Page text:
Lonely Planet Writer

‘Shazam for art’ app to launch across several major museums including the Louvre

A brand new smartphone app has been released that will allow users to scan artworks at major museums and receive instant art commentary directly onto their mobile device in return.

The Louvre Museum in Paris, France.
The Louvre Museum in Paris, France. Image by Shutterstock

The application, called Smartify, will launch across a number of major museums, including the Louvre in Paris, France and the Rijksmuseum in Amsterdam, the NetherlandsThe app’s co-founder, Thanos Kokkiniotis, has likened the programme to music discovery platform Shazam, which helps a person build their music collection by listening to tunes and recognising the song’s artist and title. As well as saving their favourite paintings, the app will alert users to similar works or pieces by the same artist at any nearby museums.

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Speaking about the app to Alphr, Kokkiniotis said, ‘it’s about building up personal taste and a collection from different experiences, in a similar way one does with music on Spotify.’ Smartify will officially launch across a number of art institutions in May, including at the Metropolitan Museum of Art in New York City, USA and the Wallace Collection in London, which houses paintings by Titian, Rubens and Rembrandt, among many others.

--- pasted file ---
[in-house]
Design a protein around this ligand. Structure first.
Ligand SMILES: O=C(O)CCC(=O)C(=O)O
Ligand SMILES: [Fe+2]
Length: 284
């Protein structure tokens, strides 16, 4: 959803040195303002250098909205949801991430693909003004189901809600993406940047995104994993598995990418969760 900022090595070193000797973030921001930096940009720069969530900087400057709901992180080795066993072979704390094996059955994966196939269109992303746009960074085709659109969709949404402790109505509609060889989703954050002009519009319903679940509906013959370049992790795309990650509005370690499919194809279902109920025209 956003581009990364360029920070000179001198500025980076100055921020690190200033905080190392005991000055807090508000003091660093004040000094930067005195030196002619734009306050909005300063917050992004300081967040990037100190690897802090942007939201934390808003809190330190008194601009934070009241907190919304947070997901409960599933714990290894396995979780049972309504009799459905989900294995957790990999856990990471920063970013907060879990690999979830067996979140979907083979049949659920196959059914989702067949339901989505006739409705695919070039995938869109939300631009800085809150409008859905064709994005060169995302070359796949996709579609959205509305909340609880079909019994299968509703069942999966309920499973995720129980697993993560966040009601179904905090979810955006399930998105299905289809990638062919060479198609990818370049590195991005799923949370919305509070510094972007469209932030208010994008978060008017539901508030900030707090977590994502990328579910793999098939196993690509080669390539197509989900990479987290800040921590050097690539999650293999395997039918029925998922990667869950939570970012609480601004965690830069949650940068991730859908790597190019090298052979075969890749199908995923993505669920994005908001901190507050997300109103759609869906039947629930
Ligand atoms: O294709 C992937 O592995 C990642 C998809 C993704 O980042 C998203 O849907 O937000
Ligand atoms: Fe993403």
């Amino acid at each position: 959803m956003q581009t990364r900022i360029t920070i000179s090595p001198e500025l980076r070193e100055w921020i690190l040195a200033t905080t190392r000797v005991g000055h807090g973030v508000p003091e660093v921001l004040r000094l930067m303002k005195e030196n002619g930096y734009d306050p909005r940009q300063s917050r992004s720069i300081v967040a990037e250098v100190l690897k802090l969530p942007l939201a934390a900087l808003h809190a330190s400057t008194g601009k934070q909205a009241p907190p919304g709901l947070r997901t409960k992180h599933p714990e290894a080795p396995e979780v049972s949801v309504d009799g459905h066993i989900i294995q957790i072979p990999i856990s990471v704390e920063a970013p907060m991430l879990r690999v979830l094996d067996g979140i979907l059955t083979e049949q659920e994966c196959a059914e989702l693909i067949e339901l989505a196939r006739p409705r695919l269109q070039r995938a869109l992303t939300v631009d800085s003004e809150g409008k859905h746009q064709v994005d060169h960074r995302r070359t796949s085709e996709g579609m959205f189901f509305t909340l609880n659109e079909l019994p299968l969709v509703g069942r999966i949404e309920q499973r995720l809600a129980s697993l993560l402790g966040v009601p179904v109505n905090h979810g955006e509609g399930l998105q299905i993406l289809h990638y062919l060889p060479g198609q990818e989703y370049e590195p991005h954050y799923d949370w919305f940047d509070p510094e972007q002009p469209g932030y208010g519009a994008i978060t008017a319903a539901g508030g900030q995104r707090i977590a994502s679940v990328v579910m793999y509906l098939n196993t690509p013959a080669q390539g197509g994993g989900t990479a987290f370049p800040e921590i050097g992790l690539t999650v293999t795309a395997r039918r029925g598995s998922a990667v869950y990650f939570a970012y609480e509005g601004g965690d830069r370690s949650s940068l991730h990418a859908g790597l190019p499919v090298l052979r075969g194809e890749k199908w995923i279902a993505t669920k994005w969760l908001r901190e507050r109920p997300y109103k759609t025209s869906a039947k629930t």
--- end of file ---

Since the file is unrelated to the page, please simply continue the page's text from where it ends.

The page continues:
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An increasing number of museums are already offering smartphone apps as cultural institutions begin the digitalisation of their collections. Artists and curators offer insight into the exhibitions at the Museum of Modern Art in New York City through their app, while the Guggenheim Museum app holds information on more than 1600 works in its collection.

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However, not everybody is as thrilled with the new technology. Speaking about visitors using smartphones in museums, Kevin Walker at the Royal College of Art in London told the New Scientist magazine, ‘many visitors go to museums to have an unplugged experience.’ Walker also argued that app users should have faith in a museum’s curator who he believes are the ‘experts in experience.’
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